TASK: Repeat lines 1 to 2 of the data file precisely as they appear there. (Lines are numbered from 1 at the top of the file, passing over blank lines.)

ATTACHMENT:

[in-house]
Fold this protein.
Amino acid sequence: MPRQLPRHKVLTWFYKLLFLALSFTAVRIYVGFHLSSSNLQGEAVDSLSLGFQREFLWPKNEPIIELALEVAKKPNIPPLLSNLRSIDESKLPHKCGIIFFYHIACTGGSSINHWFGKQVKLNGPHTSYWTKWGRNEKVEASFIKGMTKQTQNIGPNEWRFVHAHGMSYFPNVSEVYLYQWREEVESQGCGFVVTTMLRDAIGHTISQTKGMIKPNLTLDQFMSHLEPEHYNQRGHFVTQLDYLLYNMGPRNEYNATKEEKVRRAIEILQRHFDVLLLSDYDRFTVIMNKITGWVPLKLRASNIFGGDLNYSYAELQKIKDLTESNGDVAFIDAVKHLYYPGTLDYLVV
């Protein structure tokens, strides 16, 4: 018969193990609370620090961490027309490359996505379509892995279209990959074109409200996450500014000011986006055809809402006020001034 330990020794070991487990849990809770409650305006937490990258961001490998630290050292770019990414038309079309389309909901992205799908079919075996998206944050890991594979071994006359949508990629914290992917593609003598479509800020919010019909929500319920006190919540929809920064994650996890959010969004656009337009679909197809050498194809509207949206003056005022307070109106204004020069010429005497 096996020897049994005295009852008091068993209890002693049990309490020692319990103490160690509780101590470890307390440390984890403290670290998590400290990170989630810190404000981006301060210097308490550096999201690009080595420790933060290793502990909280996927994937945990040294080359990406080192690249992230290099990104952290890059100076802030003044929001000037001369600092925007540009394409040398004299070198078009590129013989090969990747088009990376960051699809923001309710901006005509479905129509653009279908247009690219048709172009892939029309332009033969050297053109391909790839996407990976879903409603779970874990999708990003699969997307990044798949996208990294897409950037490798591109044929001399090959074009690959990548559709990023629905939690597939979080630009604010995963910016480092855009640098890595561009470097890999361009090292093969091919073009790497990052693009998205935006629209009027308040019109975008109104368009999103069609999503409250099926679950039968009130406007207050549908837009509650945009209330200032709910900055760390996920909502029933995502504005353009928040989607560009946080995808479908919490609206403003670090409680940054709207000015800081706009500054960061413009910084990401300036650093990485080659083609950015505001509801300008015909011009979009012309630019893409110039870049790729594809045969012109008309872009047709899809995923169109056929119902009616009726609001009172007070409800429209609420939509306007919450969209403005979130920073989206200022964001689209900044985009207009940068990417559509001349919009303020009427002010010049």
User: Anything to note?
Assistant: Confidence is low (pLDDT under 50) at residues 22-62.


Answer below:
[in-house]
Fold this protein.